Thinking about having a baby? A diet might be in order first, according to new study by National Institutes of Health researchers.
Obese women are, on average, 15 percent more likely than normal-weight women to give birth to infants with congenital heart defects, the researchers found in a study published online Wednesday, April 7 in the American Journal of Clinical Nutrition.
The research was based on comparing the records of mothers of 7,392 children — all with heart defects — to those of 56,304 mothers whose babies did not have any defects. They were all drawn from 1.5 million births in New York state from 1993 through 2003.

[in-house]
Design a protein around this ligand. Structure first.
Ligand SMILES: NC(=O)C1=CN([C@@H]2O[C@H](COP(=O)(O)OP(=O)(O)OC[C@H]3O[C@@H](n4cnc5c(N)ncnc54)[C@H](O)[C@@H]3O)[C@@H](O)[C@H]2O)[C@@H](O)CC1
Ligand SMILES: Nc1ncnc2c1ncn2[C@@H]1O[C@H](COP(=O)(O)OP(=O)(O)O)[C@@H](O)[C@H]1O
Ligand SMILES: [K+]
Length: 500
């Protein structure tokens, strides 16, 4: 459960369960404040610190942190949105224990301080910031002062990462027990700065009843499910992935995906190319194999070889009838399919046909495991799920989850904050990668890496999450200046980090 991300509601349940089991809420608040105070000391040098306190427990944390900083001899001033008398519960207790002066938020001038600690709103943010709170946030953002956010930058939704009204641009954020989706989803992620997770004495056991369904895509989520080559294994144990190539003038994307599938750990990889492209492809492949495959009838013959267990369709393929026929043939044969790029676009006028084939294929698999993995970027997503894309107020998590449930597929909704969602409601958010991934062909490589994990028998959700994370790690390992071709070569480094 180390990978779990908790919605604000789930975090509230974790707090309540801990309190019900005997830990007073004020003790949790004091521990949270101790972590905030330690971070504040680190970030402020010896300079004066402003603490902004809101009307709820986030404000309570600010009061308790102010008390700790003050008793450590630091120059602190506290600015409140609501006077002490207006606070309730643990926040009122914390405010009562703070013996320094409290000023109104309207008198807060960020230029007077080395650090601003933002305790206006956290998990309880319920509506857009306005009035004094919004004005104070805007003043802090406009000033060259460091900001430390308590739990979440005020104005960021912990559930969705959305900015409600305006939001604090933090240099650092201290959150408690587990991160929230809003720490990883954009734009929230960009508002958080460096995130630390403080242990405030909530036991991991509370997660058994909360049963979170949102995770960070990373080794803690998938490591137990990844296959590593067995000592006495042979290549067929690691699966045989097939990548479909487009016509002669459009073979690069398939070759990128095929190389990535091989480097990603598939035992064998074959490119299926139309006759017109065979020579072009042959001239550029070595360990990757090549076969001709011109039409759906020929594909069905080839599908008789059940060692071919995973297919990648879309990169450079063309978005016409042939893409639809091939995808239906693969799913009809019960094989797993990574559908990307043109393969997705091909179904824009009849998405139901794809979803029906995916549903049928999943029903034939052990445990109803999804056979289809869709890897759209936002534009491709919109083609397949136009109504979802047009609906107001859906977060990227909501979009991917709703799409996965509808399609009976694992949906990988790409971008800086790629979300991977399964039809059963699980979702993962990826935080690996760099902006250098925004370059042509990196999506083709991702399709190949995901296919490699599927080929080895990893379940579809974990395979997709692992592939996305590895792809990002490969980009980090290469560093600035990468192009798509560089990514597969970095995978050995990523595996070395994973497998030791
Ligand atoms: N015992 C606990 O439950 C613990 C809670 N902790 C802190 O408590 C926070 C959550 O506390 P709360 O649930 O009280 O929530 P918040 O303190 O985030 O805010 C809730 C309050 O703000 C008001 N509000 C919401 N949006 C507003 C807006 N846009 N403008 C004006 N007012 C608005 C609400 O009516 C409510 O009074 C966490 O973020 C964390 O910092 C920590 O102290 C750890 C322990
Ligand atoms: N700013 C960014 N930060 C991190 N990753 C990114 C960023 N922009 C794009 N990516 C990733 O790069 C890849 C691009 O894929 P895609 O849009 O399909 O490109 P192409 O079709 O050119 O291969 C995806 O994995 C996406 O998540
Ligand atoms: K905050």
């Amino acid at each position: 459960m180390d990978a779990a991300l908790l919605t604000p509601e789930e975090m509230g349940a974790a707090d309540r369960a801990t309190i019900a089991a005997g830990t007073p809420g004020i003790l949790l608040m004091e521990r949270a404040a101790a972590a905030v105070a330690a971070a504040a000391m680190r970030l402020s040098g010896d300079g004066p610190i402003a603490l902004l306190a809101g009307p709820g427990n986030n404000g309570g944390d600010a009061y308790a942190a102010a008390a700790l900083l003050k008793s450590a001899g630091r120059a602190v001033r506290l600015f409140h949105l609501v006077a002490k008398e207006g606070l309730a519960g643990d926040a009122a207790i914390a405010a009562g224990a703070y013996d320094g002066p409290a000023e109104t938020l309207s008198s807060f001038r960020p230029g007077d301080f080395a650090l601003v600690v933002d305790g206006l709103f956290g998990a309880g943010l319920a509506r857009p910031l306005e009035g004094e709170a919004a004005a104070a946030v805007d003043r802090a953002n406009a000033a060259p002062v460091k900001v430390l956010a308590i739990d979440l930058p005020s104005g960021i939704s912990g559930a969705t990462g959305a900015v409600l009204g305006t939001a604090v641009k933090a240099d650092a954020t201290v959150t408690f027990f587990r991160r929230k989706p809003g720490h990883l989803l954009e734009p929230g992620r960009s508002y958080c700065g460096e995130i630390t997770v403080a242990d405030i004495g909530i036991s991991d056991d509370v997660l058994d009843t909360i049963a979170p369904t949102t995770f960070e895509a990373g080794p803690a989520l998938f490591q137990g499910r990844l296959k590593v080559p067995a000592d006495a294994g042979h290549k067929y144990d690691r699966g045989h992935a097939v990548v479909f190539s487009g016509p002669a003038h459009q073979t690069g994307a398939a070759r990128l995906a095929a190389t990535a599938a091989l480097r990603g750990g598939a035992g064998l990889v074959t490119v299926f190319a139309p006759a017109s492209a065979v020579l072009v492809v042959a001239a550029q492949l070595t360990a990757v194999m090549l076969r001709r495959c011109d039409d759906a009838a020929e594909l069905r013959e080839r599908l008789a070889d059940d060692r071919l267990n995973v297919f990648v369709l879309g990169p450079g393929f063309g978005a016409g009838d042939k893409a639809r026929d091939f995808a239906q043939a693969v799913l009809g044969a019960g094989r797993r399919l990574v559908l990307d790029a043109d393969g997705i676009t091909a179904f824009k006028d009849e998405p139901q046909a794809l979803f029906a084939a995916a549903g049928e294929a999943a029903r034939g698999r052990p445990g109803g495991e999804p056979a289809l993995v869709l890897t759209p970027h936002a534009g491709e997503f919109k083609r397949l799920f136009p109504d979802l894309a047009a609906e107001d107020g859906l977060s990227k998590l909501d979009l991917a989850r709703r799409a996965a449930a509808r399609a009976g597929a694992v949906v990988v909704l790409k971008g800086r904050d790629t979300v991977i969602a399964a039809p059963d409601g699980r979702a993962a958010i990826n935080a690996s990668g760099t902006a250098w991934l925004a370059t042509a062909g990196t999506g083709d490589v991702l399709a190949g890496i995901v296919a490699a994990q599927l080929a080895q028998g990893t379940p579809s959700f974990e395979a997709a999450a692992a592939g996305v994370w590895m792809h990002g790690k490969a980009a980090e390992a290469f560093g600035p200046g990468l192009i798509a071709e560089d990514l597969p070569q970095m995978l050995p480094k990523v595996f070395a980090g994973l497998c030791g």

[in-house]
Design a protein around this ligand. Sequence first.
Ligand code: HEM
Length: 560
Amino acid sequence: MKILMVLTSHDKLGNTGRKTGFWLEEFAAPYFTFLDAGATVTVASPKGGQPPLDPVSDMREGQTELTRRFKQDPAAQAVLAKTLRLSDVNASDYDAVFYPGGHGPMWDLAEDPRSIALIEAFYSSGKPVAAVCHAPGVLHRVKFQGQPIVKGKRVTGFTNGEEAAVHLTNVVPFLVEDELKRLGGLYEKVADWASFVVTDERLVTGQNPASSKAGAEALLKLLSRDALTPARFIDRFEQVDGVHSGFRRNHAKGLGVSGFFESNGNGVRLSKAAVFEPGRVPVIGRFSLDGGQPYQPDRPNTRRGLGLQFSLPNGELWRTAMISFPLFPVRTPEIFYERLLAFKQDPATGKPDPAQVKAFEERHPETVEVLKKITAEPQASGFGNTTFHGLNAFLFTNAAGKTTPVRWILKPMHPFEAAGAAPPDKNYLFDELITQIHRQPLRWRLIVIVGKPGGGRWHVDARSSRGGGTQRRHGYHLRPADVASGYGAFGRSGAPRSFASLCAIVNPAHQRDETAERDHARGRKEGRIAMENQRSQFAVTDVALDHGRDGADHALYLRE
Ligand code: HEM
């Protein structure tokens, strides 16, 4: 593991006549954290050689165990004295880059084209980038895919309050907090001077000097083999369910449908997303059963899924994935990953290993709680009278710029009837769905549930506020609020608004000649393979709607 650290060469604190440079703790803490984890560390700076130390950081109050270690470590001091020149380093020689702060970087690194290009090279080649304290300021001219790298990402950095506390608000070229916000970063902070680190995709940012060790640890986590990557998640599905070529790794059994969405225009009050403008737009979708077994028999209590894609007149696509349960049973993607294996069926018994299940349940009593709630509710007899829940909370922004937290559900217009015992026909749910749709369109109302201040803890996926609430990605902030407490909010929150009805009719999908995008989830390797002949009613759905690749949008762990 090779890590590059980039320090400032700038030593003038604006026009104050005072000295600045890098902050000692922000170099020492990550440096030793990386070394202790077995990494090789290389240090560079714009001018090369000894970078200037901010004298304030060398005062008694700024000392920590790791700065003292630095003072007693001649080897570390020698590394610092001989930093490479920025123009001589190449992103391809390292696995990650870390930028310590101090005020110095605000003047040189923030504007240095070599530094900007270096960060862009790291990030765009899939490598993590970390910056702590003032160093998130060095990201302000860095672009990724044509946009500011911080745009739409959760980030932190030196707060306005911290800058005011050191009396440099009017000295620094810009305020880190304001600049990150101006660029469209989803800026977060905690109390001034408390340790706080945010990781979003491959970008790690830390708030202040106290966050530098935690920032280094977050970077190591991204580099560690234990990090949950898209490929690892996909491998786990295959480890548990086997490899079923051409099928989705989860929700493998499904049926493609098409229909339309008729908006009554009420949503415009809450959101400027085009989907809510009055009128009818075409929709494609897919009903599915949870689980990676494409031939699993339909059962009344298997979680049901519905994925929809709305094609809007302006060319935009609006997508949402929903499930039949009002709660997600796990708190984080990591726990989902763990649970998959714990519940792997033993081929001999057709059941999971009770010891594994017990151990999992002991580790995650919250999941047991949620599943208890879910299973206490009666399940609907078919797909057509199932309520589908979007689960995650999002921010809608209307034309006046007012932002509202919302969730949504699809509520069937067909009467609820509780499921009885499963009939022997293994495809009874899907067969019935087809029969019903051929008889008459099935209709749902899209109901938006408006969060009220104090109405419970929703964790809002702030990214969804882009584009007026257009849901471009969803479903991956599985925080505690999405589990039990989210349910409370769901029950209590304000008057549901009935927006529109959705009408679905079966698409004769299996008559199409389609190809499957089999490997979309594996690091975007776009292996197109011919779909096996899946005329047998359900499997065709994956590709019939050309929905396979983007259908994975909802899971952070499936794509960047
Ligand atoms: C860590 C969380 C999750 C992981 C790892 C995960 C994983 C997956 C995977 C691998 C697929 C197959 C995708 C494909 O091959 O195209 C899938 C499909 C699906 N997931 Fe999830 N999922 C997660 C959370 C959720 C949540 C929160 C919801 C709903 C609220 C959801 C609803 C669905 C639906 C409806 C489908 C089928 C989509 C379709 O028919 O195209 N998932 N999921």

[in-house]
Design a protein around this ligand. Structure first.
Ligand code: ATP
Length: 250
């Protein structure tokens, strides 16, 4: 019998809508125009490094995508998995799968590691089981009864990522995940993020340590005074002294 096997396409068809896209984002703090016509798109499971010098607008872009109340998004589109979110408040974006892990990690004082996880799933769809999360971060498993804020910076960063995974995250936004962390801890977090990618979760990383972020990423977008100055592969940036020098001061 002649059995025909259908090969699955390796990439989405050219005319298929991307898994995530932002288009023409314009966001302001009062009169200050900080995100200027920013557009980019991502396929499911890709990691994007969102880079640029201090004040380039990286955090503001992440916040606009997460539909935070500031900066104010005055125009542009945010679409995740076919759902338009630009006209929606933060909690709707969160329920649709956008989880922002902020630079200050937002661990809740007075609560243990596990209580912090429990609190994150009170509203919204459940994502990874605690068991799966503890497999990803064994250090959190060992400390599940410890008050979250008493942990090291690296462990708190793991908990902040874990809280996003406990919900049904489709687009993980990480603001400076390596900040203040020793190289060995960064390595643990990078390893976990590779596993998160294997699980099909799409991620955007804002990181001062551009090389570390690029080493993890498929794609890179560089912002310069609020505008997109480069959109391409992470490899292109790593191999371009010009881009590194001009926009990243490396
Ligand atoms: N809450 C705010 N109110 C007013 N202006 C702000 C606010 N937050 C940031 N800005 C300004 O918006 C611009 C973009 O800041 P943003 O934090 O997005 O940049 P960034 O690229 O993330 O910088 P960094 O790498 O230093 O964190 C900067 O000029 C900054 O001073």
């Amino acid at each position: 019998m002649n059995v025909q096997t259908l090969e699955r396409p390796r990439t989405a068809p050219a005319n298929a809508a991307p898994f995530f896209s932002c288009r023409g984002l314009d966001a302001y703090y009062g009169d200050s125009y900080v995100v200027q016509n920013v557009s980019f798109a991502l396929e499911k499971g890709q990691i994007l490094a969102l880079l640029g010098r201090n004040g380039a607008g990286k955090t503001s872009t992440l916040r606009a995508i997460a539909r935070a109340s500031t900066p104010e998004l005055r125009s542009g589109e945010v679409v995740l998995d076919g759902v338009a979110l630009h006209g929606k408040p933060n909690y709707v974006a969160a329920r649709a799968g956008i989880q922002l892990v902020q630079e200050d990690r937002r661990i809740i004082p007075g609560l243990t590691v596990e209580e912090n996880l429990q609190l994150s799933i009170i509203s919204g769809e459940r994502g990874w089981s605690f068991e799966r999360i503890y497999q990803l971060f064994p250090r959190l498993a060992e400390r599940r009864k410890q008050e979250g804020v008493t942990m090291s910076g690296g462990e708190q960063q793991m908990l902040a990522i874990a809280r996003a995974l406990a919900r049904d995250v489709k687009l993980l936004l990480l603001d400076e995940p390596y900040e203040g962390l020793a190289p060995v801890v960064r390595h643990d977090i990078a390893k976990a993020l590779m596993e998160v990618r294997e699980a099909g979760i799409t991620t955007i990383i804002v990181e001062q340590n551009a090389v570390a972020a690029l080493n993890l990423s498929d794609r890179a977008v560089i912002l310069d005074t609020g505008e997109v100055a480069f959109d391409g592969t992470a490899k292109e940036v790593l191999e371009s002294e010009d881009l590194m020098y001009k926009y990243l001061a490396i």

The researchers found that women who were moderately obese were 11 percent more likely to have a child with a heart defect. Morbidly obese women were 33 percent more likely to deliver children with such an abnormality.
“If a woman is obese, it makes sense for her to try to lose weight before becoming pregnant,” said James L. Mills, the study’s lead author. “Not only will weight loss improve her own health and that of her infant, it is likely to have the added benefit of reducing the infant’s risk for heart defects.”